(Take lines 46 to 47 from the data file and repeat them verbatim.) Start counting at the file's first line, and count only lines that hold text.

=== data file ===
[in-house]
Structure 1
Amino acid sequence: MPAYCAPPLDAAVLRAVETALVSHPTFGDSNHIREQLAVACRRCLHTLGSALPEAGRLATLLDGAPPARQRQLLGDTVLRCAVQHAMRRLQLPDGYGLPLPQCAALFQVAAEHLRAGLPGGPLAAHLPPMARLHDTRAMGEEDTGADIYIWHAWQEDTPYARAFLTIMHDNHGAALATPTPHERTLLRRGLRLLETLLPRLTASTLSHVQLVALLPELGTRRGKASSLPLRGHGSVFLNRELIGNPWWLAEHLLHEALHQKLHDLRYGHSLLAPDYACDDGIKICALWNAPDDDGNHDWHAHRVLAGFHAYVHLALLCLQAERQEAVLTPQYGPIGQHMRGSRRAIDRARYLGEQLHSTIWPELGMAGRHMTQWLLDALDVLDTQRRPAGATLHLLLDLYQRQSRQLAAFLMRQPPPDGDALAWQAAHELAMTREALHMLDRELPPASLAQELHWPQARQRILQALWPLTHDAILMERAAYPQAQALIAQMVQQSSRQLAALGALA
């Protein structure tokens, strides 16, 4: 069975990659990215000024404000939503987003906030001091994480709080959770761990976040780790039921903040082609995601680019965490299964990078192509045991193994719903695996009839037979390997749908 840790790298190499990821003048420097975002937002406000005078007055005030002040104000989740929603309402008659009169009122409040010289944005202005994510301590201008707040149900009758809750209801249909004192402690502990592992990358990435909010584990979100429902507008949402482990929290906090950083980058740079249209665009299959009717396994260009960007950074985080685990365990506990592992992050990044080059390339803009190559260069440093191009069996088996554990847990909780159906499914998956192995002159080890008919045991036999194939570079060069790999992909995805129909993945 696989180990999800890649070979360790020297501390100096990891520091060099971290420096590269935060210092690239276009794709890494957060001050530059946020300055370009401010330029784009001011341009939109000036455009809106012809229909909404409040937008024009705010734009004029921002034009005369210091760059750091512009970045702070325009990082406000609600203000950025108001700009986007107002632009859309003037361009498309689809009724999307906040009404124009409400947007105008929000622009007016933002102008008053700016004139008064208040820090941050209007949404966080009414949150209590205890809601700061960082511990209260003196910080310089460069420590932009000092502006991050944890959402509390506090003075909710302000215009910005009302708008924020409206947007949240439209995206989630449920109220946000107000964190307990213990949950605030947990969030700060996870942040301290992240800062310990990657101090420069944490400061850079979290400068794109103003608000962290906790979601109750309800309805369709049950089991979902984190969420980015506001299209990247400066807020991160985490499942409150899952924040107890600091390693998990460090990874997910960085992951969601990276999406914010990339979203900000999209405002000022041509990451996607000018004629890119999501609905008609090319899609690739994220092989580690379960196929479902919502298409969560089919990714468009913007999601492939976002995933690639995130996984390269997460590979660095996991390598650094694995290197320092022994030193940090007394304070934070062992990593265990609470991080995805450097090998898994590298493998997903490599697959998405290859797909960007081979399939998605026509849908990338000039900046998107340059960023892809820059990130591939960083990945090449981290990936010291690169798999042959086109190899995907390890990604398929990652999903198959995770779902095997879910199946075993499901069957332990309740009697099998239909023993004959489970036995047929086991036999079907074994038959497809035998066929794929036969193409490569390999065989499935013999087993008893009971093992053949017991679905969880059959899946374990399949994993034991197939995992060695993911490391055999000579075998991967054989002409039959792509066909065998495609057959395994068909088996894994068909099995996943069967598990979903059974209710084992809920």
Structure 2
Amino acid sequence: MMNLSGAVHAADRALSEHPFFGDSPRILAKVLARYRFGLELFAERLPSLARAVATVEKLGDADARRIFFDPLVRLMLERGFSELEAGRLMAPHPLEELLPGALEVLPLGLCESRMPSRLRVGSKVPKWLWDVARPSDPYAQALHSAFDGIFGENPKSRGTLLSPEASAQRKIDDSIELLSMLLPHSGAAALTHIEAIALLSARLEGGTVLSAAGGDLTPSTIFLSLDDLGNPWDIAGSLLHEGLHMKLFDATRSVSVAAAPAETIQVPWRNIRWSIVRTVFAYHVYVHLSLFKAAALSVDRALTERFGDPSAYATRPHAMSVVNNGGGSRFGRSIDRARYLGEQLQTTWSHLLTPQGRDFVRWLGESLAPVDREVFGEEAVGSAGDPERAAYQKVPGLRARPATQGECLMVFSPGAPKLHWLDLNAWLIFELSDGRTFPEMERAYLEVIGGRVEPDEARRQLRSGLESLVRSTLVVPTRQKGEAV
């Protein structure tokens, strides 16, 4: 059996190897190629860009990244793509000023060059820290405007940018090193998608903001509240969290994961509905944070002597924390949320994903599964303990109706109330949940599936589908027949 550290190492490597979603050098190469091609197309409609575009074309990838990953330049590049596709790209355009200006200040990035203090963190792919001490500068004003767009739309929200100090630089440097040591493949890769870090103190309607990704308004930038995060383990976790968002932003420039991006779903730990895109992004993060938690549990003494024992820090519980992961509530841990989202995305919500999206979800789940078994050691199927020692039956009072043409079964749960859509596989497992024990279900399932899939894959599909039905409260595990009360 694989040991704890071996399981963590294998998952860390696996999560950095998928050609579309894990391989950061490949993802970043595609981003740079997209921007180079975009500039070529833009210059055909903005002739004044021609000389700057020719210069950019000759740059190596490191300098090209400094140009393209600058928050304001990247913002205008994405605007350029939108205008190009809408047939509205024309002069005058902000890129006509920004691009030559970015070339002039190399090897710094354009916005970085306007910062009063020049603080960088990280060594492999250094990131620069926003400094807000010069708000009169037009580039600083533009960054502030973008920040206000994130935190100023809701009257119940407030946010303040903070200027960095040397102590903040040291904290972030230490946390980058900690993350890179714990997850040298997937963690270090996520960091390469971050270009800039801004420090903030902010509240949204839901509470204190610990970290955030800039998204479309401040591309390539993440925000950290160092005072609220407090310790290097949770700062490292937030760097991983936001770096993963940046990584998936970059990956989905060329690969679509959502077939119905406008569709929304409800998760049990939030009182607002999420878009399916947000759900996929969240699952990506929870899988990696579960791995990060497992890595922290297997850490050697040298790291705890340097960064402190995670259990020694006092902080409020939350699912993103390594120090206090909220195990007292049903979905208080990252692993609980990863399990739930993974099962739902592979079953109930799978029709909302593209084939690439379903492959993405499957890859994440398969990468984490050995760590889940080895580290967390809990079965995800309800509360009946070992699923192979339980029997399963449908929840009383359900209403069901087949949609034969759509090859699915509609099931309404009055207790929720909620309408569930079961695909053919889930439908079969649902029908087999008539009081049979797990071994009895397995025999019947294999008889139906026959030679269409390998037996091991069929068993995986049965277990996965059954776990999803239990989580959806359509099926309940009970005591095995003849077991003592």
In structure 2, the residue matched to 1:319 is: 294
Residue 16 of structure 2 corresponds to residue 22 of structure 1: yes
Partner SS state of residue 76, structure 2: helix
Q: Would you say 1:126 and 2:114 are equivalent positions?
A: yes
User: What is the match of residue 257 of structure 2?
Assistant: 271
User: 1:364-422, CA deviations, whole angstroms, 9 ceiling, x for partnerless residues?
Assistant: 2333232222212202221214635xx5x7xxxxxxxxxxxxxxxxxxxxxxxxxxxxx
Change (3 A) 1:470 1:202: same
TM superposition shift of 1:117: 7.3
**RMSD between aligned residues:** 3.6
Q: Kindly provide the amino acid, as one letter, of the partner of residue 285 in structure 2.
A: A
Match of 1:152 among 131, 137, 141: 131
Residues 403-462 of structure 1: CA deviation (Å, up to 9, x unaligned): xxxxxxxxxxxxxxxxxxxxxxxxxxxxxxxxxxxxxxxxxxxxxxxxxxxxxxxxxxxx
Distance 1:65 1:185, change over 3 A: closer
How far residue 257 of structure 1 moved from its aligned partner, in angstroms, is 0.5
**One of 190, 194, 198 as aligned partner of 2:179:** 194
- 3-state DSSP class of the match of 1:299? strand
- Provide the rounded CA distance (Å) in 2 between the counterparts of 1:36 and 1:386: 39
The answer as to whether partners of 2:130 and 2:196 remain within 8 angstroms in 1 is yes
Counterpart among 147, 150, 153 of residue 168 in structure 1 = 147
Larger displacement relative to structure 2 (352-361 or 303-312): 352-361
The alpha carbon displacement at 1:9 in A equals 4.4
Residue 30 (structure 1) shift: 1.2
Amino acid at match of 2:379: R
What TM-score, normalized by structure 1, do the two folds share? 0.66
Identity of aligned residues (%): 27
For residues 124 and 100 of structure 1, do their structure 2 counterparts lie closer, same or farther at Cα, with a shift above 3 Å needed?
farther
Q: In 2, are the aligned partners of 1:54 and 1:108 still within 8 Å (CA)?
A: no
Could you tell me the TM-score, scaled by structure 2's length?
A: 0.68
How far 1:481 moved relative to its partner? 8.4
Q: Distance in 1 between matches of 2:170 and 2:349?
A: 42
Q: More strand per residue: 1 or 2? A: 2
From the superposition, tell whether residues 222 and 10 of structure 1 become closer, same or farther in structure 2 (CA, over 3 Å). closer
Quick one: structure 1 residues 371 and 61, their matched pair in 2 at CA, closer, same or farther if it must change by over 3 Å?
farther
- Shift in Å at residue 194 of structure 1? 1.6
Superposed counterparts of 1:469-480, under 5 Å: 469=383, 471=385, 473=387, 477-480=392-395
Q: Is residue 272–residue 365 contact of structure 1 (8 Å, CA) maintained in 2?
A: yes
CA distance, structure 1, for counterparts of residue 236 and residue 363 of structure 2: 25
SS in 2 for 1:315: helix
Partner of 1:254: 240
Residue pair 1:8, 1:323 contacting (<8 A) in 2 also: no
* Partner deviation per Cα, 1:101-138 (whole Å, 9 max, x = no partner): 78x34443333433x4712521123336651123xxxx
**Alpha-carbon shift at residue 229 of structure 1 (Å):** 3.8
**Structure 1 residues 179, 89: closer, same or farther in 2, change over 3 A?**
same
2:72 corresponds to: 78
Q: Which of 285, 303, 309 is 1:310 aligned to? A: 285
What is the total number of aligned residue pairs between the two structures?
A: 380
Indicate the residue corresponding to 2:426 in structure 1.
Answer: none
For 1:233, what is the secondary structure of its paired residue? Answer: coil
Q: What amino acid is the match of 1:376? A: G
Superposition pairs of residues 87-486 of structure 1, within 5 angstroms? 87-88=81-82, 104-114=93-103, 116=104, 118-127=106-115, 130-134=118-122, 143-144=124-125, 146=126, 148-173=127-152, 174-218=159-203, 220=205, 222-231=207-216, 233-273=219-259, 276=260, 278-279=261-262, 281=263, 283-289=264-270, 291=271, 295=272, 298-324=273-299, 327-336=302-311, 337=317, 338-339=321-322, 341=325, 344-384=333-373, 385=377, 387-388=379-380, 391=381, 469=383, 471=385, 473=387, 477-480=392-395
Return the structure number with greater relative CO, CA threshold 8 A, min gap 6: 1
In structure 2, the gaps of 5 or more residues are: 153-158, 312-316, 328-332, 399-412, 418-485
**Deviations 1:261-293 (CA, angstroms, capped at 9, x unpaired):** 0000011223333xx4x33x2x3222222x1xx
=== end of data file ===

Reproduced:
Q: More strand per residue: 1 or 2? A: 2
From the superposition, tell whether residues 222 and 10 of structure 1 become closer, same or farther in structure 2 (CA, over 3 Å). closer